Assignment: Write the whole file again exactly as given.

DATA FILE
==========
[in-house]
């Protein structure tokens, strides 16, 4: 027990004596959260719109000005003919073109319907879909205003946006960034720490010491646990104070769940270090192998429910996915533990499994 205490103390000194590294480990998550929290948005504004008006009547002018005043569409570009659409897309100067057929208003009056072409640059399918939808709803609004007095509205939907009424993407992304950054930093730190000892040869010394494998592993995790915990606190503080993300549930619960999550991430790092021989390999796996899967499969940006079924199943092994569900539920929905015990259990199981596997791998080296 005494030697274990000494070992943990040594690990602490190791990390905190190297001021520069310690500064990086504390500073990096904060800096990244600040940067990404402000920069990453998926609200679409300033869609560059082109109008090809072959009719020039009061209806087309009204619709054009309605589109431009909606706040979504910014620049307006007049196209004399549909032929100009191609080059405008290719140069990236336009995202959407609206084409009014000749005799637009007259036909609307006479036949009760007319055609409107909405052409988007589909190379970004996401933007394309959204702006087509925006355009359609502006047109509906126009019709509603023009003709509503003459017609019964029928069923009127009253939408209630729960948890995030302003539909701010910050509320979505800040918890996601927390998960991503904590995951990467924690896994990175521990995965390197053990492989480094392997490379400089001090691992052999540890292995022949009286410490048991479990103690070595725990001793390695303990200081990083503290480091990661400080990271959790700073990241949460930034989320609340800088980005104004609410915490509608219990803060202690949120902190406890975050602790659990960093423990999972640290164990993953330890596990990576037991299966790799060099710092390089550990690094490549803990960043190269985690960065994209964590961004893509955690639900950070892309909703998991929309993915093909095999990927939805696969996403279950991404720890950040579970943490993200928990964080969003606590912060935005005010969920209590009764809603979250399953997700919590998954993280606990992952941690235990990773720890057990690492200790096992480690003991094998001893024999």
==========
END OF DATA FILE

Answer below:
[in-house]
């Protein structure tokens, strides 16, 4: 027990004596959260719109000005003919073109319907879909205003946006960034720490010491646990104070769940270090192998429910996915533990499994 205490103390000194590294480990998550929290948005504004008006009547002018005043569409570009659409897309100067057929208003009056072409640059399918939808709803609004007095509205939907009424993407992304950054930093730190000892040869010394494998592993995790915990606190503080993300549930619960999550991430790092021989390999796996899967499969940006079924199943092994569900539920929905015990259990199981596997791998080296 005494030697274990000494070992943990040594690990602490190791990390905190190297001021520069310690500064990086504390500073990096904060800096990244600040940067990404402000920069990453998926609200679409300033869609560059082109109008090809072959009719020039009061209806087309009204619709054009309605589109431009909606706040979504910014620049307006007049196209004399549909032929100009191609080059405008290719140069990236336009995202959407609206084409009014000749005799637009007259036909609307006479036949009760007319055609409107909405052409988007589909190379970004996401933007394309959204702006087509925006355009359609502006047109509906126009019709509603023009003709509503003459017609019964029928069923009127009253939408209630729960948890995030302003539909701010910050509320979505800040918890996601927390998960991503904590995951990467924690896994990175521990995965390197053990492989480094392997490379400089001090691992052999540890292995022949009286410490048991479990103690070595725990001793390695303990200081990083503290480091990661400080990271959790700073990241949460930034989320609340800088980005104004609410915490509608219990803060202690949120902190406890975050602790659990960093423990999972640290164990993953330890596990990576037991299966790799060099710092390089550990690094490549803990960043190269985690960065994209964590961004893509955690639900950070892309909703998991929309993915093909095999990927939805696969996403279950991404720890950040579970943490993200928990964080969003606590912060935005005010969920209590009764809603979250399953997700919590998954993280606990992952941690235990990773720890057990690492200790096992480690003991094998001893024999």